I see ads from grocery stores advertising their JUMBO peaches or claiming they have the LARGEST apples, larger than their competition. Not only is that really meaningless to the consumer, it is exactly hurting the grower. As everyone knows by now California is suffering from a historical drought and one of the biggest suffers is the fruit growers. We as consumers have been taught that big, nice looking fruit is the best fruit. Growers have to use more water for larger fruit. Most of the time I have found that larger fruit doesn’t taste as good. All this extra water is going into making fruit that make look “better” but is inferior in flavor. I say it’s time to start, buying with our tastebuds instead of with our eyes. Our eyes have deceived us and it’s hurting our country’s farmers.
I recently read a story on Yahoo about a California peach grower – Masumoto family farm. They used 20% to 30% less water this year for their Gold dust peach variety. The fruit was smaller as a result, however the flavor was improved. Despite the better taste, the fruit is not selling in stores. People are passing the smaller fruit by leading to the farm to question whether they should continue growing peaches. People don’t see what they are missing. How unfortunate. The blame lies on both the consumer and the retailer.
What Consumers We Do?
Change our habits. Don’t dismiss a piece of fruit because it doesn’t look that way you think it should. I sadly watched people drool over packages of large strawberries grown on the other side of the country, while they pass by the smaller, much richer tasting strawberries grown less than an hour away. You hear “Wow, how good do those look”. I don’t want to hear that. Let’s eliminate that from our thoughts. Let’s shop for the best tasting fruit. It starts by breaking habits and not just going for the familiar. Don’t be afraid to ask for a sample before you buy – any store worth your time shopping at should be more than willing to oblige.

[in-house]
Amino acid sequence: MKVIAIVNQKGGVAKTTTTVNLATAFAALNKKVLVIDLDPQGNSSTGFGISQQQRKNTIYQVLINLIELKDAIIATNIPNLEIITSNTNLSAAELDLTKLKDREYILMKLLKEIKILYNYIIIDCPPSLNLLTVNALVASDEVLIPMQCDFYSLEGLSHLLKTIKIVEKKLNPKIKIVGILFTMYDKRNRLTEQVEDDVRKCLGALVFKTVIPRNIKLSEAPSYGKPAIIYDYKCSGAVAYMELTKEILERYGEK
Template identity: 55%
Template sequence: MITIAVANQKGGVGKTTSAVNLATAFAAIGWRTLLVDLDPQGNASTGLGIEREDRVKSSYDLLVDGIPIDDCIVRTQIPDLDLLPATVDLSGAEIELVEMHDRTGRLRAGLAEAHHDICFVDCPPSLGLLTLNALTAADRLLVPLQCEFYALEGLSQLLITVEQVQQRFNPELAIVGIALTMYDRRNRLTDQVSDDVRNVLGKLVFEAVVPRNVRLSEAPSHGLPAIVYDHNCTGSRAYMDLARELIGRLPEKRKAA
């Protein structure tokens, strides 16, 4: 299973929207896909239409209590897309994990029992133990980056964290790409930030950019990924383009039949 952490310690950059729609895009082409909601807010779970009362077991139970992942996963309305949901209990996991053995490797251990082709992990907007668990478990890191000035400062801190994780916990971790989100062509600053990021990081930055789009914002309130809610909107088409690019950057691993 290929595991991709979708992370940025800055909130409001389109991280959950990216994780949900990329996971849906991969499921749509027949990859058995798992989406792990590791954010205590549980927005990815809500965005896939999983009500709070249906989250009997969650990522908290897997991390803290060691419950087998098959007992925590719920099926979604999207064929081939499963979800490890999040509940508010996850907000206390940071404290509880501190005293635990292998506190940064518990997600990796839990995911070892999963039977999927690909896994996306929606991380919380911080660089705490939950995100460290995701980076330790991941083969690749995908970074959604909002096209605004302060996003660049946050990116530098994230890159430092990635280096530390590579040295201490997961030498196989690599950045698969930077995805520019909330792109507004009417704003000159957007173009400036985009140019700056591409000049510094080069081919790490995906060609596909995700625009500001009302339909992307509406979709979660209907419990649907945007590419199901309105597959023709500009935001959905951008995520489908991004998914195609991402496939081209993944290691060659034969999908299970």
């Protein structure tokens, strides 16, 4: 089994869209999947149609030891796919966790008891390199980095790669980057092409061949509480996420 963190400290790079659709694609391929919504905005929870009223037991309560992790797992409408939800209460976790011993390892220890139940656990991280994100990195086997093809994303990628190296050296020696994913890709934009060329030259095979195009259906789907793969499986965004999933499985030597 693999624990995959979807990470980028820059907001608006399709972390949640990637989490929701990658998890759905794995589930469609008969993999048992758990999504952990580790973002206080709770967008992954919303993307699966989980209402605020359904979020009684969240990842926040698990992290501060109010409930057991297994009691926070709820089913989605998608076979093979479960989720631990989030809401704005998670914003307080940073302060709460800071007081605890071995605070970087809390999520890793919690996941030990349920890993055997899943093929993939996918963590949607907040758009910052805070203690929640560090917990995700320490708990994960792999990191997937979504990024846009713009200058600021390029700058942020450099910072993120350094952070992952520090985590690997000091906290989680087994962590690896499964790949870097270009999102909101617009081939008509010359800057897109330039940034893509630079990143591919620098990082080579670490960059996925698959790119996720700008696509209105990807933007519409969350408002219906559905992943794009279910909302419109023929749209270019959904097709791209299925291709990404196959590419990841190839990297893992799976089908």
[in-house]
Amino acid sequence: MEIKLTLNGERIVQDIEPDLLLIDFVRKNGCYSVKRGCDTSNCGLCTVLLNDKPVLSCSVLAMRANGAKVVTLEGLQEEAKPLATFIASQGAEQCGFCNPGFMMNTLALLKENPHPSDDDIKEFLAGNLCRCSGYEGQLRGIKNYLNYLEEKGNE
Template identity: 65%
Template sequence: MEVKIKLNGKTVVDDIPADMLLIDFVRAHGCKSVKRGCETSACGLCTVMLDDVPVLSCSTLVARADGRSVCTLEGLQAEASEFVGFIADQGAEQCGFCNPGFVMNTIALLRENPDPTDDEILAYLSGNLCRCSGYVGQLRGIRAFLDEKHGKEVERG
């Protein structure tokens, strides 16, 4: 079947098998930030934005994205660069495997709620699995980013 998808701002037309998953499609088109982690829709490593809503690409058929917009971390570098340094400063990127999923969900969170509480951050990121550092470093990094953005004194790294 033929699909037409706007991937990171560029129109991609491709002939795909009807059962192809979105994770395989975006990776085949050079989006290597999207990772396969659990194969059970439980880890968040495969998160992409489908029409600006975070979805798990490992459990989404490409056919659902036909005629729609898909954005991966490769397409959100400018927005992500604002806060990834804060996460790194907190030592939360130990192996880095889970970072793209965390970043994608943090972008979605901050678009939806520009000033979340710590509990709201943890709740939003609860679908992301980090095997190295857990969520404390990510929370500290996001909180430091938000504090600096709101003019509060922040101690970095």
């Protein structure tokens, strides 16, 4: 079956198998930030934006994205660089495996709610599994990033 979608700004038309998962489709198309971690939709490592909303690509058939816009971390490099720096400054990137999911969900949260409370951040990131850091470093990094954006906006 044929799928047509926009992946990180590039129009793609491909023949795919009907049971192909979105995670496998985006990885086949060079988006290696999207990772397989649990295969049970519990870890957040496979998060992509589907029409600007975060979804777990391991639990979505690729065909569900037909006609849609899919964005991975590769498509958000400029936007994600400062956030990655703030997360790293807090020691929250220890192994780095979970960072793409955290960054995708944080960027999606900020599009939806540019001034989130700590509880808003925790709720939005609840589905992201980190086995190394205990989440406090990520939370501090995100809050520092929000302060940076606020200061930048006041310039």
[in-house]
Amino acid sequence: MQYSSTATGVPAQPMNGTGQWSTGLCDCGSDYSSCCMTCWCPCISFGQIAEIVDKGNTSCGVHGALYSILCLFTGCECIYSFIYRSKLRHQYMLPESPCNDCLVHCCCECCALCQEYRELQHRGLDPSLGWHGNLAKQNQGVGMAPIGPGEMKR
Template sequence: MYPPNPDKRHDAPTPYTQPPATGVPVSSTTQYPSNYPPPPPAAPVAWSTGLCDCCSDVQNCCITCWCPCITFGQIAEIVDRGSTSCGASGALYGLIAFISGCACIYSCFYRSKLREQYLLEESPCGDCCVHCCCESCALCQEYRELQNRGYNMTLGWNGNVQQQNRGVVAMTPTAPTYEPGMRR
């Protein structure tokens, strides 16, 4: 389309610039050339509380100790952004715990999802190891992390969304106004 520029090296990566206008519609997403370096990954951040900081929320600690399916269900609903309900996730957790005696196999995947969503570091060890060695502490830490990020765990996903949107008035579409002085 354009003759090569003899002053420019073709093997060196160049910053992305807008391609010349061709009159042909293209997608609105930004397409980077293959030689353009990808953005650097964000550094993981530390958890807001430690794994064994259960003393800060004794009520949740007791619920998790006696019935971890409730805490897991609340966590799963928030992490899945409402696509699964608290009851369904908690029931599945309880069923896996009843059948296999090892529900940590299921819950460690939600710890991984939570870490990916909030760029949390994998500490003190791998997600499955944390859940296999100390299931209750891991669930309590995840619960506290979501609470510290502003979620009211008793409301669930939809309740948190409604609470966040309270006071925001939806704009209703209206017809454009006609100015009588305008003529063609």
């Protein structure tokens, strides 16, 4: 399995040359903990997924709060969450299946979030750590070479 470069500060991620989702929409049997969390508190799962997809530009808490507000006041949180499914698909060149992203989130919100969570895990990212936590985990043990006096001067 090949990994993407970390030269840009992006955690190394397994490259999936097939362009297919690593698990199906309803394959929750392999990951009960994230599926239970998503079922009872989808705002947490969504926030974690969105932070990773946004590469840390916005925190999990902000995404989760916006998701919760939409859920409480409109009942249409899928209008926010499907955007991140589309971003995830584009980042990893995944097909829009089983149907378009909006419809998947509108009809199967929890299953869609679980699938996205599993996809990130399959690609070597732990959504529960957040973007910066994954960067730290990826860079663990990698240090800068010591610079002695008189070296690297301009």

What Retailers Can Do?
First stop using words that describe the size of the fruit in your ads. Jumbo, large, extra large, mammoth, etc. For me when I see large premium apricots advertised, I can almost be sure the apricots are going to suck. They are going to be low on flavor and mealy. All the large apricots I find have always been bad. The best apricots I have ever had have been the ones I find at farmer’s markets and they are usually have the size of ones found at the grocery store.
Retailers also need to spend more time promoting fruit. Often fruit is left on the shelf because people aren’t familiar with it or it doesn’t look right, but it could be the tasty thing in the store. If you offer customers a sample of great tasting fruit, especially stone fruit, then they will buy, buy, and buy some more. Some effort needs to be put forth.